Oldrich Sychra

University of Veterinary and Pharmaceutical Sciences Brno, Brünn, South Moravian, Czech Republic

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Publications (25)34.28 Total impact

  • [Show abstract] [Hide abstract]
    ABSTRACT: Two new species of the feather mite family Gabucinidae (Acari: Astigmata) are described from birds of the family Troglodytidae (Passeriformes) from Central America: Piciformobia cinnycerthiae sp. nov. from Cinnycerthia unirufa (Lafresnaye) in Ecuador, and P. henicorhinae sp. nov. from Henicorhina leucosticte (Cabanis) in Costa Rica. These are the first records of mites of the genus Piciformobia Gaud et Atyeo, 1975 from passerine hosts. A renewed diagnosis of the genus Piciformobia and key to all known species are provided.
    Acta parasitologica / Witold Stefański Institute of Parasitology, Warszawa, Poland. 10/2014; 59(4):568-79.
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    ABSTRACT: A total of 6564 individuals of 482 species of passerine birds were examined between the years 2004 and 2013 at various locations in central Europe, Africa, the Neotropical Region and Vietnam. A total of 663 birds (10.1%) of 141 species were parasitized with 3648 chewing lice of the genus Myrsidea (mean intensity was 5.5 lice per bird). Myrsidea was found as eudominant genus with a total dominance of 24.3% (a total of 15030 lice were determined). Dominance of Myrsidea ranged between 0.9% (central Europe) and 51.8% (Neotropical Region). We suggest that Myrsidea is probably less tolerant to arid conditions compared to other chewing louse genera. A total of 93 (66%, n=141) records represent new host-louse associations. We found examples of bird species harbouring two different species of Myrsidea. In these cases, each species was found either in a different geographical location or in the same location but on different host individuals. Conversely, we found also examples of one species of Myrsidea parasitizing two different host species. Such host-switching events between unrelated hosts are possible on condition that different bird species share similar behaviour and ecology. Our findings highlight the need to (1) carefully examine each louse specimen when identifying new samples of Myrsidea, (2) compare them with species of Myrsidea from the same and related host families, and (3) compare them with species of Myrsidea from unrelated hosts living in the same geographical region.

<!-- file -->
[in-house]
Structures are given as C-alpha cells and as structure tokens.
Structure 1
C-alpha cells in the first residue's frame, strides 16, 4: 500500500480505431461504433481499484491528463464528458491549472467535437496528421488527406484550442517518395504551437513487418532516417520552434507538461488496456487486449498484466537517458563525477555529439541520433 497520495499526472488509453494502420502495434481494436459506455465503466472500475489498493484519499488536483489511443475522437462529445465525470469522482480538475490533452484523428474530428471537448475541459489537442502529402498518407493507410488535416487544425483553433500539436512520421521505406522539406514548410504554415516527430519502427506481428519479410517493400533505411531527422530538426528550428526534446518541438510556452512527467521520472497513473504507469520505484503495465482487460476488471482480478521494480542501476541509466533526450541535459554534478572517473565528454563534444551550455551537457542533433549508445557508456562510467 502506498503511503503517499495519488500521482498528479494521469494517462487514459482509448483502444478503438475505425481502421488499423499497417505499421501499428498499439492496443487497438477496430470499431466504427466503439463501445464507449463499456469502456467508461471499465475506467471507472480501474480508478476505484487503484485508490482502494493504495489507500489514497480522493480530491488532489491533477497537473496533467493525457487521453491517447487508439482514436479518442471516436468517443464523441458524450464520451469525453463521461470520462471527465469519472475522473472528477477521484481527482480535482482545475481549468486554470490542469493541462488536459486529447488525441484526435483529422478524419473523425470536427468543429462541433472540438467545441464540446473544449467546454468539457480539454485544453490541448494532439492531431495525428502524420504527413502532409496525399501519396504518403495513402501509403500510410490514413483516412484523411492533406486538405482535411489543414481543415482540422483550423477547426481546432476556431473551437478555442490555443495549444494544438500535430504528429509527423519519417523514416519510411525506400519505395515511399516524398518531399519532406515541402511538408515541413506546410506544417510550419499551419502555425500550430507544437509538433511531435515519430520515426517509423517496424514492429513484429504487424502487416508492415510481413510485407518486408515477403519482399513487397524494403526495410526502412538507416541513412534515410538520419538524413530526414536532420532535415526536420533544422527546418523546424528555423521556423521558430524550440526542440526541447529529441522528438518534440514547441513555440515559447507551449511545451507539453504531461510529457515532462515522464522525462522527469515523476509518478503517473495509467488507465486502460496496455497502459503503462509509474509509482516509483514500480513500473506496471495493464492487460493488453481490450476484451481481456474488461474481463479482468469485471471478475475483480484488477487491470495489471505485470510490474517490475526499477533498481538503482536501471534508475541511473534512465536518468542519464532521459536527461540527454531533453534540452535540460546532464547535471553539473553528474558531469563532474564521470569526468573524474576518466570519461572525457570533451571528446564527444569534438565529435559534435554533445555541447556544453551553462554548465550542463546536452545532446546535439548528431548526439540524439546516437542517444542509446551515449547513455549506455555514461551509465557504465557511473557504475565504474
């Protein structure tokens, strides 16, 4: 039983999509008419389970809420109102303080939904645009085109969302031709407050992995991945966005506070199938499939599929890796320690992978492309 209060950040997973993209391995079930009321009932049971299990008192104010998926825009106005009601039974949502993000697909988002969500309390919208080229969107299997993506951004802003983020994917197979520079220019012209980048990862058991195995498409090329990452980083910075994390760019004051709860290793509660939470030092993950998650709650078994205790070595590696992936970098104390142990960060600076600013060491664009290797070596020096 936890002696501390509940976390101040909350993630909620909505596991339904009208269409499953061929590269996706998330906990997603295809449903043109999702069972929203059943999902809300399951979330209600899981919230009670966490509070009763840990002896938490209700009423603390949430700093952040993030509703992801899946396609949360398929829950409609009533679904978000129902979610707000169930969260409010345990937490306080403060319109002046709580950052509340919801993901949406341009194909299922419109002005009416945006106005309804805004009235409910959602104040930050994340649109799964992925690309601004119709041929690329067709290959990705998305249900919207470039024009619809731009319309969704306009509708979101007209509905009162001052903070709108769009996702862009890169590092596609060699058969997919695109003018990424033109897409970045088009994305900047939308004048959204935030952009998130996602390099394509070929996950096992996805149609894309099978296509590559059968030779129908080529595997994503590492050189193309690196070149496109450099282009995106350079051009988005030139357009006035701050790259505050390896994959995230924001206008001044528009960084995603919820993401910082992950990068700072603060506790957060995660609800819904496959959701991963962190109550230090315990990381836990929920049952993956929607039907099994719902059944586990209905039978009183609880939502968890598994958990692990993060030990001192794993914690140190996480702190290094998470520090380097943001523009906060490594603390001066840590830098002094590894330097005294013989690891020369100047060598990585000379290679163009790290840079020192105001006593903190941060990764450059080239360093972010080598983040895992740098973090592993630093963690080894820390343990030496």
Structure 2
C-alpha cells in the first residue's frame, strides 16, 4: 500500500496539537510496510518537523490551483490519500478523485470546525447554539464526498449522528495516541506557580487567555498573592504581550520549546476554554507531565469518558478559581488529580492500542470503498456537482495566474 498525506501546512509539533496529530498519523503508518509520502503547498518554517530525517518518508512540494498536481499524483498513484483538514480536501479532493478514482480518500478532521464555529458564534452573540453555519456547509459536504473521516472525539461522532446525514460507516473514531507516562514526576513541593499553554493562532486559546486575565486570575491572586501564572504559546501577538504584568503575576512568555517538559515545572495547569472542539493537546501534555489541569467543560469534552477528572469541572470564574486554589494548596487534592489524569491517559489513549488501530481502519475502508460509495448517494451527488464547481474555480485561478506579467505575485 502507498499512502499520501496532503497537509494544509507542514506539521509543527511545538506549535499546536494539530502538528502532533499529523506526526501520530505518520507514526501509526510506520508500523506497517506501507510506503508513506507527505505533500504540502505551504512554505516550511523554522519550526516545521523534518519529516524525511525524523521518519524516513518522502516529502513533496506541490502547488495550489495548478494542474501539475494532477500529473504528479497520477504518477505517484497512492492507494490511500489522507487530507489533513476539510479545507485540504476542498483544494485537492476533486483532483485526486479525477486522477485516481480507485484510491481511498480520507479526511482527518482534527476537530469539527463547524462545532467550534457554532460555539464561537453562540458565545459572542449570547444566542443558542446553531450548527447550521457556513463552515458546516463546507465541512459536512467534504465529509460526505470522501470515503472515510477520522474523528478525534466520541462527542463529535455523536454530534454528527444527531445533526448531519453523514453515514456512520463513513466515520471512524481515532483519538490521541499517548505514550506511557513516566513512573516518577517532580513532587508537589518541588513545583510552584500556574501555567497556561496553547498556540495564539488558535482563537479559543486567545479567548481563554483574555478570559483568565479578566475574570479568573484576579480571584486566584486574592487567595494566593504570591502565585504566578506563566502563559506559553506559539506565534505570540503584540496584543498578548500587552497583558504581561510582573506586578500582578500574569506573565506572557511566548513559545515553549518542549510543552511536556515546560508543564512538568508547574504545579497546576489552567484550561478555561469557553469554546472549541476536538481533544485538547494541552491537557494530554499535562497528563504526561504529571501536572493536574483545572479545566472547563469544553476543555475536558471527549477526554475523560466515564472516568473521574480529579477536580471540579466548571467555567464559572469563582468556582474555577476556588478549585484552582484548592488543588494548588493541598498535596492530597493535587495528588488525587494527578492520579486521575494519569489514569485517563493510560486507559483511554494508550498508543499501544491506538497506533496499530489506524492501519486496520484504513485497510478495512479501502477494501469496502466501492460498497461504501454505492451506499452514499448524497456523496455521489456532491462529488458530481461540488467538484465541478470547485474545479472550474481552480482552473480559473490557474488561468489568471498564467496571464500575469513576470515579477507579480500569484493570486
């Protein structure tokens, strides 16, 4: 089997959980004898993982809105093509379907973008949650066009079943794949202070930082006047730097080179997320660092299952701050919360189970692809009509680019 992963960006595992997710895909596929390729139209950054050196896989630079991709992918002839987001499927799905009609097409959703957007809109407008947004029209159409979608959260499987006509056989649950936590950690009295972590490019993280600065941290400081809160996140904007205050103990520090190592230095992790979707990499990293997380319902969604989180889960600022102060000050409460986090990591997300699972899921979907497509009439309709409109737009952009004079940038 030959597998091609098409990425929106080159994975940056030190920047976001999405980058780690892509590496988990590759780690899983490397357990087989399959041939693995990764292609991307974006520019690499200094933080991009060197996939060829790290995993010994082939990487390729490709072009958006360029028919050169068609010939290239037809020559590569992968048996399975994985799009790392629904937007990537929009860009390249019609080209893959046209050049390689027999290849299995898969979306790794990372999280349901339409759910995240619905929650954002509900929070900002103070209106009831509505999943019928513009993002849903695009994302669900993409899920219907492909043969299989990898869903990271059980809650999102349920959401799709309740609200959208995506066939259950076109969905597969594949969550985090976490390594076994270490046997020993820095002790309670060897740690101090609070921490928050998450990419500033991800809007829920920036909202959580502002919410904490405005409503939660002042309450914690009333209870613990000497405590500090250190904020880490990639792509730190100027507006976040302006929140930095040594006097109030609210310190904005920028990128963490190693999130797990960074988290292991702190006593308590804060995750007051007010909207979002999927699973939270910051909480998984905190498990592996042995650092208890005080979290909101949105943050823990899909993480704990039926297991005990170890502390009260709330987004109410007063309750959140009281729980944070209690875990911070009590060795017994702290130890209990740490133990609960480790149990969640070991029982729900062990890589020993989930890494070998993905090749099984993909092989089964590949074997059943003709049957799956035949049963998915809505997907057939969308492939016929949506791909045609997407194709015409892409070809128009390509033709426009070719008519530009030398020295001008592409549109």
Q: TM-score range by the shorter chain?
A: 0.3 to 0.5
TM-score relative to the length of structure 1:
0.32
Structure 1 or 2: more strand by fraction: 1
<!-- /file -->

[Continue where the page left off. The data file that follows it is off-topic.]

5th International Conference on Phthiraptera (ICP5), Park Coty, Utah, USA; 08/2014
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    ABSTRACT: A total of 239 individuals of 50 bird species were examined for chewing lice (Insecta: Phthiraptera) in southern Vietnam. Fifty-six birds of 20 species were parasitised by 15 species of lice belonging to 10 genera from two suborders, Amblycera: Menacanthus, Meromenopon, Myrsidea, and Ischnocera: Alcedoecus, Brueelia, Cuculicola, Meropoecus, Penenirmus, Philopteroides and Philopterus. Thirteen louse samples from Passeriformes were identified to genus only because they contain inadequate material. A total of 29 host-louse associations were found, of which nine are new, including: (1) two new species of the genus Brueelia, which are described and named in this paper: Brueelia binhchauensis from Megalaima lineata (Vieillot, 1816) (Piciformes: Megalaimidae), and Brueelia malacocincla from Malacocincla abbotti Blyth, 1845 (Passeriformes: Pellorneidae); (2) first records of lice from Cyornis hainanus (Ogilvie-Grant, 1900); and (3) the first record of Myrsidea claytoni Hellenthal & Price, 2003 from Cymbirhynchus macrorhynchos (Gmelin, 1788) (Passeriformes: Eurylaimidae), here regarded as a case of natural host-switching. A portion of the mitochondrial cytochrome oxidase I (COI) gene for some species of chewing lice was sequenced in order to assess their genetic divergences.
    Zootaxa 01/2014; 3755(5):419-433. · 1.06 Impact Factor